Content type: Essay
Credits: Shanique Roberts, MA student in Media Technology, Leiden University (2018-2020)
Year: 2019

Introduction: In this essay, Shanique Roberts asks 'what is a technofossil?' and speculates on how future generations might see us, through them.

'Unlike previous generations, our memories are not stored in stone but in hard drives.'
Shanique Roberts

In October 2019, Egypt announced the discovery of 30 extraordinarily well-preserved 3000-year-old sarcophagi. The revelation marked the biggest archaeological find of the century and caused frenzied reactions. 'This is an indescribable feeling, I swear to God', Mostafa Waziri, the secretary-general of the Supreme Council of Antiquities, excitedly told journalists. Fast-forward 3000 years from now and it’s hard to imagine that the same level of excitement would be generated by future generations discovering the relics of our era.

Humans have existed for the relatively short period (in the scale of geological time) of approximately 200,000 years. Yet in this brief time we've left an enormous imprint on our planet, changing it to such a degree that geologists in the distant future may well classify this layer of the earth’s crust as the Technosphere – a new strata that sits on top of the lithosphere (the earth’s outer crust). What will think about the junked appliances they will find there, and what will they communicate about our species and its use of the planet?

The term 'technofossil' was coined by Professor Jan Zalasiewicz and colleagues at the University of Leicester, to describe the material footprints that humans will leave behind through their material goods. His study suggests that technofossils will be humankind’s equivalent of a dinosaur footprint and take the forms of highways, smartphones, cities, computers etc.

Thanks to human innovation, our waste will last millions of years. Most of our products are made from chemical, heat-based and other manufacturing processes which transform raw materials into long-lasting new materials. For example, every year humans produce a quantity of plastic equivalent to the weight of all humans on earth. Beyond simply materials relics, our future geologists will also discover traces of the products we’ve made with them – TVs, cassette tapes, airplanes, and telephones.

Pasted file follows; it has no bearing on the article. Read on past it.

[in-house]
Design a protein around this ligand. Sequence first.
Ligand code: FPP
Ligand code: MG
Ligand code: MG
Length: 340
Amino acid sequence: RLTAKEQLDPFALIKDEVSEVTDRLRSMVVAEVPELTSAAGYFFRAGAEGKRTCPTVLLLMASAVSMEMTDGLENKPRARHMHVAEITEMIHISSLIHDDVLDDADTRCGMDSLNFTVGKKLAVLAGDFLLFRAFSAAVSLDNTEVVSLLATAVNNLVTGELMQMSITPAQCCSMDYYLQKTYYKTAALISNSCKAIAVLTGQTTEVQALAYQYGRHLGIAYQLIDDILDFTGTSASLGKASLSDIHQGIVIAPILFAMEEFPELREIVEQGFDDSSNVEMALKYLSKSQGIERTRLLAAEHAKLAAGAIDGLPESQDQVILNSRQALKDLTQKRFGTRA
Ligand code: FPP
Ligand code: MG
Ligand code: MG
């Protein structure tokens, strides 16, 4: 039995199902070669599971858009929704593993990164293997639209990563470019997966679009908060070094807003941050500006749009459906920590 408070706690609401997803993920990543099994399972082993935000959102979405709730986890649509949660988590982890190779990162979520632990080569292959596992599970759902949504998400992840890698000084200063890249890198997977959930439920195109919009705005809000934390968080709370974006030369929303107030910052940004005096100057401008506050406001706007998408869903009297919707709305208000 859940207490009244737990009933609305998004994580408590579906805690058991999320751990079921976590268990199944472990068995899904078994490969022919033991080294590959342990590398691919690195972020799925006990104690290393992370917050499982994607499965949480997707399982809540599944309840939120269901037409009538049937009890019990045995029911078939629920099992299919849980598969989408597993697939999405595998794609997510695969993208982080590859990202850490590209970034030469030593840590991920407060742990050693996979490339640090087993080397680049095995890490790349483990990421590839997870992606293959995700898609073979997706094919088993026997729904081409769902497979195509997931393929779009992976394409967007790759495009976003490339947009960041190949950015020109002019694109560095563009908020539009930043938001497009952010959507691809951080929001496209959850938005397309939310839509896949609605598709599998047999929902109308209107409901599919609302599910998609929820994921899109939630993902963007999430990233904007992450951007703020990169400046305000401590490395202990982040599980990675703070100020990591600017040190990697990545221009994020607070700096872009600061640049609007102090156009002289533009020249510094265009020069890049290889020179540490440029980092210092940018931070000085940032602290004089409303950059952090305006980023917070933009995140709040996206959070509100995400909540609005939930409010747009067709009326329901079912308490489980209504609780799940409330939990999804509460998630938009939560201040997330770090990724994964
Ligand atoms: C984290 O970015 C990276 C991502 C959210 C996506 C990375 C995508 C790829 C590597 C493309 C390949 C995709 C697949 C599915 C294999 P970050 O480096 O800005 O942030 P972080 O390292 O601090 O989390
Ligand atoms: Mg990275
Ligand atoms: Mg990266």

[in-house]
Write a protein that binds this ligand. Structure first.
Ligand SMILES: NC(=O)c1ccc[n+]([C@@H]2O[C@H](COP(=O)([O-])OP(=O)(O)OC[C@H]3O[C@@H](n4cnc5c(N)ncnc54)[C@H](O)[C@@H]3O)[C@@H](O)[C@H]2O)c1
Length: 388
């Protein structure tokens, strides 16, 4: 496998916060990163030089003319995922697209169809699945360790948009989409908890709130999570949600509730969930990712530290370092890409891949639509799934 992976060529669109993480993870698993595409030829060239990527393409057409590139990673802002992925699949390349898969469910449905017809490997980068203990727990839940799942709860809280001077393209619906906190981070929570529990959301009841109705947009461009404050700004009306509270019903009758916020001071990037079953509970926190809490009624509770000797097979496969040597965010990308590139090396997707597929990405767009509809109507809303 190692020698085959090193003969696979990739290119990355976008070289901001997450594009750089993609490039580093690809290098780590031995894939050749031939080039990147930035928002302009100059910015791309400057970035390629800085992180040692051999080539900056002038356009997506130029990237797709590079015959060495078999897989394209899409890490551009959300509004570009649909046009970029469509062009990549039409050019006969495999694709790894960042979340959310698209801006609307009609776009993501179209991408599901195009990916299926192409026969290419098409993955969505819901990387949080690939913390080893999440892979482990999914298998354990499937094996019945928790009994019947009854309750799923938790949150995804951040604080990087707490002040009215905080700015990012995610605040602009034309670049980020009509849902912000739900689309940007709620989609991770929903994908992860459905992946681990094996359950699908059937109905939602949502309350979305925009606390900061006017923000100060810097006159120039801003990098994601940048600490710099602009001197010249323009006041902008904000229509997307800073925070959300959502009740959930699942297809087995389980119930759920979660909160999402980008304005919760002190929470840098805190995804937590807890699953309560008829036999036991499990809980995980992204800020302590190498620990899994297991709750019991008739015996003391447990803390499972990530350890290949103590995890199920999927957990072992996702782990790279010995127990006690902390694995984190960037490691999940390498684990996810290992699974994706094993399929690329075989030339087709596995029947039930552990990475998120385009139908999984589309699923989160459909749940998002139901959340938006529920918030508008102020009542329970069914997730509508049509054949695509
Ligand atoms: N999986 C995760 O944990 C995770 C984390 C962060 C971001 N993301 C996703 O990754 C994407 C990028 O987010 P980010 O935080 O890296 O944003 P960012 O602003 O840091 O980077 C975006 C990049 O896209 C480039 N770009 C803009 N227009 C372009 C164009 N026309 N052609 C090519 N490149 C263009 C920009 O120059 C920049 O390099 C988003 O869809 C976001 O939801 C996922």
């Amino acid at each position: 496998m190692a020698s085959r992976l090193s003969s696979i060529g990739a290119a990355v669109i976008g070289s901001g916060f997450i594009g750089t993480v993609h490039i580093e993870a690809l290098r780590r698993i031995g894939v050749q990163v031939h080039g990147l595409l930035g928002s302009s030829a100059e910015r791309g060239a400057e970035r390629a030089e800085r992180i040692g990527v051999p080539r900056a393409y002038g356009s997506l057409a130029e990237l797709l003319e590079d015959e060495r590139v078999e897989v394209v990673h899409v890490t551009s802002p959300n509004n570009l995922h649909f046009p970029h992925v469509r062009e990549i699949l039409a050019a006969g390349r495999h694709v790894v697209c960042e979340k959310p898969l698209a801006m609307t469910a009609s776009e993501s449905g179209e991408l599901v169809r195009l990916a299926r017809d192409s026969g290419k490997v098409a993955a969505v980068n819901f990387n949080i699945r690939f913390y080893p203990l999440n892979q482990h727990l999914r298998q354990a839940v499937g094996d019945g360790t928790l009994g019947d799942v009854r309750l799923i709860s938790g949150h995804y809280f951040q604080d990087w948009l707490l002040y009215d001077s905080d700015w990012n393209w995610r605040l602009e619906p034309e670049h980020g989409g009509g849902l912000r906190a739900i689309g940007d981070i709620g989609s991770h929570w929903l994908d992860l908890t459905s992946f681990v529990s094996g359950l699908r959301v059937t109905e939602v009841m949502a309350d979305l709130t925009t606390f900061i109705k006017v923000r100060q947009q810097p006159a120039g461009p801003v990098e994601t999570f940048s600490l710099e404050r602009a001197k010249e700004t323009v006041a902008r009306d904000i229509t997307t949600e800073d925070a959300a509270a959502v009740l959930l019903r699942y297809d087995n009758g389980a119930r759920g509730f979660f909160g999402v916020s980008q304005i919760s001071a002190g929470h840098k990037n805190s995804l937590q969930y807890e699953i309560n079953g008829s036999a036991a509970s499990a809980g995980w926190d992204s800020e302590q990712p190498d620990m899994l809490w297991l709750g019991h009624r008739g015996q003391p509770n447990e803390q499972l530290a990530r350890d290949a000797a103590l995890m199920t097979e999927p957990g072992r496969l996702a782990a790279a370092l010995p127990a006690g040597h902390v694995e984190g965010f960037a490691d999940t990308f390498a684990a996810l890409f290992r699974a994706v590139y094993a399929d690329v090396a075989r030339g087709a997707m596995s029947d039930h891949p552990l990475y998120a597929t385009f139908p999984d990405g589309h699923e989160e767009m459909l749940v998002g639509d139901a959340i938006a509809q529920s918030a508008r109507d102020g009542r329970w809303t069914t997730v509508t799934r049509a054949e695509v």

As dinosaur bones have fossilised over time, so too will lounge chairs, ballpoint pens, safety pins, compressed media drives, cars

Globally, the majority of the objects that we create end up in a landfill. As a result of government legislation about how we should deal with our trash, landfills have become modern-day tombs which extend the time it takes for things to decay. Thus, the vast majority of our stuff will be hardened in another geological layer before having the opportunity to decompose and disappear. Long live the technofossil!

The first examples of technofossils, 'mineralized traces of the technologies used by early hominids to pound, cut and dig' were left by early primates, and date back about two million years. Given how long these traces have survived, imagine how long traces of your synthetic phone will last... Everything that we fabricate or produce has the potential to become a technofossil. Media theorist Jussi Parikka describes technofossils as objects that have fallen out of use and become waste.

However, if we think about technofossils beyond the framework of waste, we can see them as future anthropological and archaeological evidence of humanity. In The Care of the Possible, Verena Conley Andermatt argues that we can examine technofossils from multiple standpoints including human politics, natural formation and technological cultures. She is not suggesting these frameworks offer a solution to the problem of our excessive waste production but, rather, she posits that despite the environmental damage they cause, technofossils can be valuable in pushing us to think about human behaviours and our legacy for future generations.

Pondering the value of technofossils for the present seems quite abstract and dependent on speculation. However, there are some instances where technofossilisation has already happened. In Technofossils of the Anthropocene (2019), visual artist Miguel Sbastida investigated several industry-originated geological formations in an estuary located in Bilbao, Spain. He discovered that at some point between 1920 and 1970, the major steel company Altos Hornos de Vizcaya dumped more than 120,000,000 tons of modern waste in the estuary, including ore and iron residues and refractory bricks from the factory’s furnaces. Strong tides and waves deposited significant amounts of the metal residue to the nearby shores and, after some time, the sediments formed a 6-meter-stratum of brown rock. Today, this formation (now approximately 40-70 years old) is the newest layer to the 30-million-year-old cliffs on the shoreline.

Technofossils are intrinsically linked to abandonment — they offer testimonies to human lives lived thousands or even millions of years in the past and future. As dinosaur bones fossilise over time, so too will lounge chairs, ballpoint pens, safety pins, compressed media drives, cars, and so many other objects become archaeological artefacts. Unlike previous generations, our memories are not stored in stone but in hard drives. What will the data-centres and everyday objects of our time show the future? Will we be misinterpreted, dismissed, scorned or inspire wonder? If the world does survive for hundreds or even thousands more years, I am hopeful that future generations will learn from our technofossils.